Race, Racism, And American Law Essay

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When we think of what it means to be white in today’s society, it seems so obvious in our modern eyes of who is white and who is not. Usually we have the mentality in racial aspects of either one person is this or not. What influences our way of differentiating from one person to another is what we were taught in life and from school. In Ian Haney Lopez, White By Law, Lopez discusses how the terms “black” and “white” were not natural categories that were simply there from the very beginning of time. But instead were terms that were created in part under the social construction of the law.
He gives a great example of this, by quoting a work from A. Leon Higginbotham, Jr.’s classic study, In the Matter of Color: Race and the American legal process: The Colonial Period (1978) and Derrick Bell’s Casebook, Race, Racism, and American Law. He noted how in both books the authors would treat the terms of “blacks” and “negroes” as natural categories. For instance Higginbotham’s book mentions how, “In 1619, when these first twenty blacks arrived in Jamestown, there was not yet a statutory process to especially fix the legal of blacks”. Just like Bell labeling the Africans that came to Jamestown as “Negroes”.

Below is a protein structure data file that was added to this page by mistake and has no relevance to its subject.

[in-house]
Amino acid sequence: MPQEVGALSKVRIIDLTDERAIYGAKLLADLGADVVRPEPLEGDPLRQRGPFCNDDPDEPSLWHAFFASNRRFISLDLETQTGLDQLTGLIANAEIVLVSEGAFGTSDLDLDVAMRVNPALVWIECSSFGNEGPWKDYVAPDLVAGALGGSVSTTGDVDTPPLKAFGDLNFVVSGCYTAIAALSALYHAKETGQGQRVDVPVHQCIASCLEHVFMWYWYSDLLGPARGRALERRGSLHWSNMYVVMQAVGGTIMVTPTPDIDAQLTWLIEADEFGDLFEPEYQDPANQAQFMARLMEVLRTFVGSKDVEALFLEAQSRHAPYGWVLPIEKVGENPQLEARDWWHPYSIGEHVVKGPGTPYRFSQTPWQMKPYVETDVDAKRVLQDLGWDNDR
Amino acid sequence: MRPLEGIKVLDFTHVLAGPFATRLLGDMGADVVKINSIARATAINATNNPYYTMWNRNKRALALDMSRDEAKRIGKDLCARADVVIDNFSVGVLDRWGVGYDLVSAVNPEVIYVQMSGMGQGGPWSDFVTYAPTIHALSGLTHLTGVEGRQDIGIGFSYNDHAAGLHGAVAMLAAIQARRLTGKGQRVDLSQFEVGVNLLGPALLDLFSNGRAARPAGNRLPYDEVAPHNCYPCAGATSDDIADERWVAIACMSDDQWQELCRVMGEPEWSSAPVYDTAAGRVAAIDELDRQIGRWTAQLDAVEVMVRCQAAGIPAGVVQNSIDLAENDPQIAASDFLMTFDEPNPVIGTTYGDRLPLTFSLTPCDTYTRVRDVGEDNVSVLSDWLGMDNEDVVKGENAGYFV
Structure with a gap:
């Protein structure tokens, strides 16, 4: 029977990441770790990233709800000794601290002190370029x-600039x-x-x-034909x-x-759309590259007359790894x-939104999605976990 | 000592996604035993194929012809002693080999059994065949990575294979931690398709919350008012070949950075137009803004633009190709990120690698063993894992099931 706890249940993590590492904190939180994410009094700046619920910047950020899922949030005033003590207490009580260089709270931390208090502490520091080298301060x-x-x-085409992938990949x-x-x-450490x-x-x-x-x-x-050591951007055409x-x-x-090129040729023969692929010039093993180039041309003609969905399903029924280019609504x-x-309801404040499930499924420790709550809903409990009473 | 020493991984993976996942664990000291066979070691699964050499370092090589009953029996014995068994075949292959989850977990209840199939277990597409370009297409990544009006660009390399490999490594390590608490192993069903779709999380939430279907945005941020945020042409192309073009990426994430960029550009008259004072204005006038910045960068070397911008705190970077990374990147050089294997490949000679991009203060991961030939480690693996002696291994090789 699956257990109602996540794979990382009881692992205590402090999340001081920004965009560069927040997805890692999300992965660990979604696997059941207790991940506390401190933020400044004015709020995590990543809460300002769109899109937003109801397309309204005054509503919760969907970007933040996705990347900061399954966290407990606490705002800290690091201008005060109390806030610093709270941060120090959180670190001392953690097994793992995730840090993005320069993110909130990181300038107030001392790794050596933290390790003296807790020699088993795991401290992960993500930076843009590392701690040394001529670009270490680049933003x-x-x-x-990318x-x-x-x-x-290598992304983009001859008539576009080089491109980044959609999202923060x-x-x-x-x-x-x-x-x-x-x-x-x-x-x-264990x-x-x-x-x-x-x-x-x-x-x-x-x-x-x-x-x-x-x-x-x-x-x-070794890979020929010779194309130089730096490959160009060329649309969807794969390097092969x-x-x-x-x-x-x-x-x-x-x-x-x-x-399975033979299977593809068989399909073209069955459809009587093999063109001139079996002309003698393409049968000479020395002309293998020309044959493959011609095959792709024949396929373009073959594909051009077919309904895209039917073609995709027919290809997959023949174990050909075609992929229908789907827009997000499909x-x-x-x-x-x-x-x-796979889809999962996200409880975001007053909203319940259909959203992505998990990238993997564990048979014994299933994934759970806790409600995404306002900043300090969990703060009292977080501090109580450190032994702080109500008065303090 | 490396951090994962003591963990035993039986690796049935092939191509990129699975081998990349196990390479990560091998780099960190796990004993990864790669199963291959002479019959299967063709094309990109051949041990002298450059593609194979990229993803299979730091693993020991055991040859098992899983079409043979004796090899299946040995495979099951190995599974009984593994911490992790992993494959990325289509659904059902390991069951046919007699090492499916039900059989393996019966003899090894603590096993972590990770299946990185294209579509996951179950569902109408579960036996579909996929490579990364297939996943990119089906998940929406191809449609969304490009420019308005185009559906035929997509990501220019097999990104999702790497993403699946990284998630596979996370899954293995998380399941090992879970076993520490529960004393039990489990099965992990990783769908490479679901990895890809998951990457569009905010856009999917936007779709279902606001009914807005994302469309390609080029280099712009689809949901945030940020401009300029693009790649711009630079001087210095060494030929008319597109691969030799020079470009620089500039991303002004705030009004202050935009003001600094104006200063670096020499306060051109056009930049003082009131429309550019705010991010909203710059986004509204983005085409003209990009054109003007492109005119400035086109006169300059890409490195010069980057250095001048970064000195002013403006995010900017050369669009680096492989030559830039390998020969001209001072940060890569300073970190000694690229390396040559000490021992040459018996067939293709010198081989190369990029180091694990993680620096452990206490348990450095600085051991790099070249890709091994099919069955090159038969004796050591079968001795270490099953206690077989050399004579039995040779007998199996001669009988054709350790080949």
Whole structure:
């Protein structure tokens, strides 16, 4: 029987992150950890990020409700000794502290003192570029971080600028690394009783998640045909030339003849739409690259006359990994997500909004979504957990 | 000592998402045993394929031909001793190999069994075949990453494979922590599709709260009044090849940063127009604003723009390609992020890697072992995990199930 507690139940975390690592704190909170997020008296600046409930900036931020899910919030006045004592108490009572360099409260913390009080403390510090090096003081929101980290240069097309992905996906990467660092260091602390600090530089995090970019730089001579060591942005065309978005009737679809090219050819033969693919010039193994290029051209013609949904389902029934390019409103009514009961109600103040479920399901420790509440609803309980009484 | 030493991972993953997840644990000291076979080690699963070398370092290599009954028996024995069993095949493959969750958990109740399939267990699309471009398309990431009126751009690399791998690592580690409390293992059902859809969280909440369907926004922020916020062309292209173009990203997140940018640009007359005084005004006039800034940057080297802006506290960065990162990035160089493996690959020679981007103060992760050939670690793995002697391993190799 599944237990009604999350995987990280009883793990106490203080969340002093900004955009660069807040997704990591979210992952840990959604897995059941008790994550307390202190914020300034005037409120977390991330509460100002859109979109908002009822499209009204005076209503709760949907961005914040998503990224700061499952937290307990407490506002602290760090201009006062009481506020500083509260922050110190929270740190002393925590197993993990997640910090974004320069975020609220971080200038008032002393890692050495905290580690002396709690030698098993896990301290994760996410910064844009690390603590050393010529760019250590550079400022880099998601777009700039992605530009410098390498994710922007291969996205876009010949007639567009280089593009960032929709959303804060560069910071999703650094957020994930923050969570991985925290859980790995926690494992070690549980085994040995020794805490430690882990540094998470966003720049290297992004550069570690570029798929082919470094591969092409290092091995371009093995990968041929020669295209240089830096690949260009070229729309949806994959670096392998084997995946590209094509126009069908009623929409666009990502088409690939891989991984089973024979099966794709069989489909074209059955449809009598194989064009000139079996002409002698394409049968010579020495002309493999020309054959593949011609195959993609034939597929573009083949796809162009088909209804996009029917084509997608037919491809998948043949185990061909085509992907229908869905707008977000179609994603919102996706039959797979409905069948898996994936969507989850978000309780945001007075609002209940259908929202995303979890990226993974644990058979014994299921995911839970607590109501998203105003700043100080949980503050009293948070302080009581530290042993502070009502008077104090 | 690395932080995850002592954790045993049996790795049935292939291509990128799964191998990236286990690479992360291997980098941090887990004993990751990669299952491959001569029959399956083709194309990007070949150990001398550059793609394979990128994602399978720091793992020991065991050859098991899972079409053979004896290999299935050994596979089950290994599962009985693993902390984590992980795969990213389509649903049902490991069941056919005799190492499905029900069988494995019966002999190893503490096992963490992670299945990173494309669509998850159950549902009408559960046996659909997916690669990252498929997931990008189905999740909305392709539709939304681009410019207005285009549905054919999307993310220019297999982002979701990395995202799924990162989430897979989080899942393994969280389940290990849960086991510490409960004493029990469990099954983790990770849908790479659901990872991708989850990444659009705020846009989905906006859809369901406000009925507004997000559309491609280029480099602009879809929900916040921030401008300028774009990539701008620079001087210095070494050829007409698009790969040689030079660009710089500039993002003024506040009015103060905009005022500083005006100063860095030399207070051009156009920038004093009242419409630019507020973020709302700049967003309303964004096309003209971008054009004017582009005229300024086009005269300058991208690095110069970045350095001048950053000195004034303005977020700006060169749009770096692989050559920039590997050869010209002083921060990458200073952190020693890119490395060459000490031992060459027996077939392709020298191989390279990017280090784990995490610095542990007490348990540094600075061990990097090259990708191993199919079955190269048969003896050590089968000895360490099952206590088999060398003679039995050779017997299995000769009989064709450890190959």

Lopez criticizes both authors on how they fell prey to the assumption that “blacks” and negroes” were racial terms naturally existed back then. Which is not the case for back in the 1600’s, African and Europeans did not see themselves as “whites” or “blacks”, it wasn’t until
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